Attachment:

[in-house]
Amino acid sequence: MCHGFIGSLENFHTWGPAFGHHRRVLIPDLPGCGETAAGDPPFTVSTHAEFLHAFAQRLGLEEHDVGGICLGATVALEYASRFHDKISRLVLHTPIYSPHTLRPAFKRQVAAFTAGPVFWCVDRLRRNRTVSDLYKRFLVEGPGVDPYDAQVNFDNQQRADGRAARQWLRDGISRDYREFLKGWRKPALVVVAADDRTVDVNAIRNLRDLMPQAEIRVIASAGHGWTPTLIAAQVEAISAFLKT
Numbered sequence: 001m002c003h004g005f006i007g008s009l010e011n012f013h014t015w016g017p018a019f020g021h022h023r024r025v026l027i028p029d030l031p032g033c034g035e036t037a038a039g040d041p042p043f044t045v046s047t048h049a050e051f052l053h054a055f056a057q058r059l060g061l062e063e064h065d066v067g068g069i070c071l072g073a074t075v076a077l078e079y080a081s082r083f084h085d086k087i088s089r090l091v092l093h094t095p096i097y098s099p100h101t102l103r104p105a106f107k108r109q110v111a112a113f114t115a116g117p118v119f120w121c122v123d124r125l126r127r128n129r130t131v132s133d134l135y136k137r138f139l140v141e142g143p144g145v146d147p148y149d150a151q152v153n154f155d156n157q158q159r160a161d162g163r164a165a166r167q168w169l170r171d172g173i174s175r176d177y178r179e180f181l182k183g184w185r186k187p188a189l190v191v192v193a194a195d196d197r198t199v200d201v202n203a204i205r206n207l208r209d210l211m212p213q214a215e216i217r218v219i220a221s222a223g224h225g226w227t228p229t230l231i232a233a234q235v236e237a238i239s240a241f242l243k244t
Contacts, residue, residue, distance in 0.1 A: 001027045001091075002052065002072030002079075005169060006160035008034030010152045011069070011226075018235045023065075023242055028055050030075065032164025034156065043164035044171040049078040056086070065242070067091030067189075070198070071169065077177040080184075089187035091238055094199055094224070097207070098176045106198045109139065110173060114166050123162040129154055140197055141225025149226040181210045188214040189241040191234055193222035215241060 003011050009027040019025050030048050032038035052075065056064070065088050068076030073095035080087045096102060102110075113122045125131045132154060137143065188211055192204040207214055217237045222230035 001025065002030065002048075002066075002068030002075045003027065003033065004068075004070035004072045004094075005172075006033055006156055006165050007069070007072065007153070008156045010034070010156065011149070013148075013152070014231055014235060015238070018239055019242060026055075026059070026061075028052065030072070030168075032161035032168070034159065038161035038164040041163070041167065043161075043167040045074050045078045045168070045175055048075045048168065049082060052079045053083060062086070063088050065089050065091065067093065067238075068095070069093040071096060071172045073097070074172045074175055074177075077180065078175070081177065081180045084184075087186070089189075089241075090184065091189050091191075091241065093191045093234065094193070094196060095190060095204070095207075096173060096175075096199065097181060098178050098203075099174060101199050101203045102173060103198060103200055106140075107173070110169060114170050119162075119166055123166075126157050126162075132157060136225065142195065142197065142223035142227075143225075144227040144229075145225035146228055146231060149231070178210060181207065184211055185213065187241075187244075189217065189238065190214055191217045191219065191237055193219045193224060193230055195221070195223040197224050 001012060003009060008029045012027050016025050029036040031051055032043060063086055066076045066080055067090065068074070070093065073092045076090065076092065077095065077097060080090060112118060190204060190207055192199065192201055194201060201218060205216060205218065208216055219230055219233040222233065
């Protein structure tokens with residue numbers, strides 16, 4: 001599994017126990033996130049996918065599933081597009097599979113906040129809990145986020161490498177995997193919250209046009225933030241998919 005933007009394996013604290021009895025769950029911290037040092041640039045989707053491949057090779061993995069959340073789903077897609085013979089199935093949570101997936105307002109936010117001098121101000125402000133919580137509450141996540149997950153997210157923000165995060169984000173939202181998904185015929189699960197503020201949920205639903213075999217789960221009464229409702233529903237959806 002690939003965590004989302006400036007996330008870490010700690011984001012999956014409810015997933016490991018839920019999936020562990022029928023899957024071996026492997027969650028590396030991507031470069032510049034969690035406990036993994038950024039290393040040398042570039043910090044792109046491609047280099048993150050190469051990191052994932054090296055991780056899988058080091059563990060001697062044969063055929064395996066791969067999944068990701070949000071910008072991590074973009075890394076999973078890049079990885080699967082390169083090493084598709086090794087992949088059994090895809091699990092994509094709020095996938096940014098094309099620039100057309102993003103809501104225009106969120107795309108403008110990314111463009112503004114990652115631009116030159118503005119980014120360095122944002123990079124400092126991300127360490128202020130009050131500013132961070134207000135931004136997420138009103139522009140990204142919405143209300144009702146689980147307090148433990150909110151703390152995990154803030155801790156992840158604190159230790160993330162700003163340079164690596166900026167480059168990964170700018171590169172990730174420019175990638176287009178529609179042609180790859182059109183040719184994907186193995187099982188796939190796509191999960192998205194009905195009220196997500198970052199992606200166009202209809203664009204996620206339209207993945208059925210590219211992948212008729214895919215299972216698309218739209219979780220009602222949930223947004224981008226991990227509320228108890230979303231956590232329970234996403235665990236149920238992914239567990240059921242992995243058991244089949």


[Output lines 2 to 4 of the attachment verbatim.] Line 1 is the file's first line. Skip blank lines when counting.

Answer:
Amino acid sequence: MCHGFIGSLENFHTWGPAFGHHRRVLIPDLPGCGETAAGDPPFTVSTHAEFLHAFAQRLGLEEHDVGGICLGATVALEYASRFHDKISRLVLHTPIYSPHTLRPAFKRQVAAFTAGPVFWCVDRLRRNRTVSDLYKRFLVEGPGVDPYDAQVNFDNQQRADGRAARQWLRDGISRDYREFLKGWRKPALVVVAADDRTVDVNAIRNLRDLMPQAEIRVIASAGHGWTPTLIAAQVEAISAFLKT
Numbered sequence: 001m002c003h004g005f006i007g008s009l010e011n012f013h014t015w016g017p018a019f020g021h022h023r024r025v026l027i028p029d030l031p032g033c034g035e036t037a038a039g040d041p042p043f044t045v046s047t048h049a050e051f052l053h054a055f056a057q058r059l060g061l062e063e064h065d066v067g068g069i070c071l072g073a074t075v076a077l078e079y080a081s082r083f084h085d086k087i088s089r090l091v092l093h094t095p096i097y098s099p100h101t102l103r104p105a106f107k108r109q110v111a112a113f114t115a116g117p118v119f120w121c122v123d124r125l126r127r128n129r130t131v132s133d134l135y136k137r138f139l140v141e142g143p144g145v146d147p148y149d150a151q152v153n154f155d156n157q158q159r160a161d162g163r164a165a166r167q168w169l170r171d172g173i174s175r176d177y178r179e180f181l182k183g184w185r186k187p188a189l190v191v192v193a194a195d196d197r198t199v200d201v202n203a204i205r206n207l208r209d210l211m212p213q214a215e216i217r218v219i220a221s222a223g224h225g226w227t228p229t230l231i232a233a234q235v236e237a238i239s240a241f242l243k244t
Contacts, residue, residue, distance in 0.1 A: 001027045001091075002052065002072030002079075005169060006160035008034030010152045011069070011226075018235045023065075023242055028055050030075065032164025034156065043164035044171040049078040056086070065242070067091030067189075070198070071169065077177040080184075089187035091238055094199055094224070097207070098176045106198045109139065110173060114166050123162040129154055140197055141225025149226040181210045188214040189241040191234055193222035215241060 003011050009027040019025050030048050032038035052075065056064070065088050068076030073095035080087045096102060102110075113122045125131045132154060137143065188211055192204040207214055217237045222230035 001025065002030065002048075002066075002068030002075045003027065003033065004068075004070035004072045004094075005172075006033055006156055006165050007069070007072065007153070008156045010034070010156065011149070013148075013152070014231055014235060015238070018239055019242060026055075026059070026061075028052065030072070030168075032161035032168070034159065038161035038164040041163070041167065043161075043167040045074050045078045045168070045175055048075045048168065049082060052079045053083060062086070063088050065089050065091065067093065067238075068095070069093040071096060071172045073097070074172045074175055074177075077180065078175070081177065081180045084184075087186070089189075089241075090184065091189050091191075091241065093191045093234065094193070094196060095190060095204070095207075096173060096175075096199065097181060098178050098203075099174060101199050101203045102173060103198060103200055106140075107173070110169060114170050119162075119166055123166075126157050126162075132157060136225065142195065142197065142223035142227075143225075144227040144229075145225035146228055146231060149231070178210060181207065184211055185213065187241075187244075189217065189238065190214055191217045191219065191237055193219045193224060193230055195221070195223040197224050 001012060003009060008029045012027050016025050029036040031051055032043060063086055066076045066080055067090065068074070070093065073092045076090065076092065077095065077097060080090060112118060190204060190207055192199065192201055194201060201218060205216060205218065208216055219230055219233040222233065